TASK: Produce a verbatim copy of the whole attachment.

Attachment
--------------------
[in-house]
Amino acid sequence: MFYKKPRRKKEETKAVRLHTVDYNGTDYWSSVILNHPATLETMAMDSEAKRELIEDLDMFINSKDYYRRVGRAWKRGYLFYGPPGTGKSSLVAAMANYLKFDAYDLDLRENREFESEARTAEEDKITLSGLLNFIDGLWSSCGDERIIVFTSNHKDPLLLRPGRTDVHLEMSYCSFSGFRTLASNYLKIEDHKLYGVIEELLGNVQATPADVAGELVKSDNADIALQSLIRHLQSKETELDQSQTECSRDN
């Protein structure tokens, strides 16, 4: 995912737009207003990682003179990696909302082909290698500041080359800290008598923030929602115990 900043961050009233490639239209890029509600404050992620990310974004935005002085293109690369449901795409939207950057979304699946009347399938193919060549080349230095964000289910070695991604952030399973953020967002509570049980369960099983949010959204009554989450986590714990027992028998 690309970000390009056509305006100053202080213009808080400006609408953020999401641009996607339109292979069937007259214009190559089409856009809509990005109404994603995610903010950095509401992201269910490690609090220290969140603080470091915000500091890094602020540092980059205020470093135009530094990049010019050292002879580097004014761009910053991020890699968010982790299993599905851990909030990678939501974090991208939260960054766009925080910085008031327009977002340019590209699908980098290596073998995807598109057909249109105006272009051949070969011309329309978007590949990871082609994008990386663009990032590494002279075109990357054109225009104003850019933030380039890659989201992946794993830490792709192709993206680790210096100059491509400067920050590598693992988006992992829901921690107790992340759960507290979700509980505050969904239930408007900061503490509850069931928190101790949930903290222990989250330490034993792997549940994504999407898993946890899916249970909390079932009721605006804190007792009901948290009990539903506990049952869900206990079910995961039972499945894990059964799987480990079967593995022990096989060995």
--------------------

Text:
[in-house]
Amino acid sequence: MFYKKPRRKKEETKAVRLHTVDYNGTDYWSSVILNHPATLETMAMDSEAKRELIEDLDMFINSKDYYRRVGRAWKRGYLFYGPPGTGKSSLVAAMANYLKFDAYDLDLRENREFESEARTAEEDKITLSGLLNFIDGLWSSCGDERIIVFTSNHKDPLLLRPGRTDVHLEMSYCSFSGFRTLASNYLKIEDHKLYGVIEELLGNVQATPADVAGELVKSDNADIALQSLIRHLQSKETELDQSQTECSRDN
């Protein structure tokens, strides 16, 4: 995912737009207003990682003179990696909302082909290698500041080359800290008598923030929602115990 900043961050009233490639239209890029509600404050992620990310974004935005002085293109690369449901795409939207950057979304699946009347399938193919060549080349230095964000289910070695991604952030399973953020967002509570049980369960099983949010959204009554989450986590714990027992028998 690309970000390009056509305006100053202080213009808080400006609408953020999401641009996607339109292979069937007259214009190559089409856009809509990005109404994603995610903010950095509401992201269910490690609090220290969140603080470091915000500091890094602020540092980059205020470093135009530094990049010019050292002879580097004014761009910053991020890699968010982790299993599905851990909030990678939501974090991208939260960054766009925080910085008031327009977002340019590209699908980098290596073998995807598109057909249109105006272009051949070969011309329309978007590949990871082609994008990386663009990032590494002279075109990357054109225009104003850019933030380039890659989201992946794993830490792709192709993206680790210096100059491509400067920050590598693992988006992992829901921690107790992340759960507290979700509980505050969904239930408007900061503490509850069931928190101790949930903290222990989250330490034993792997549940994504999407898993946890899916249970909390079932009721605006804190007792009901948290009990539903506990049952869900206990079910995961039972499945894990059964799987480990079967593995022990096989060995």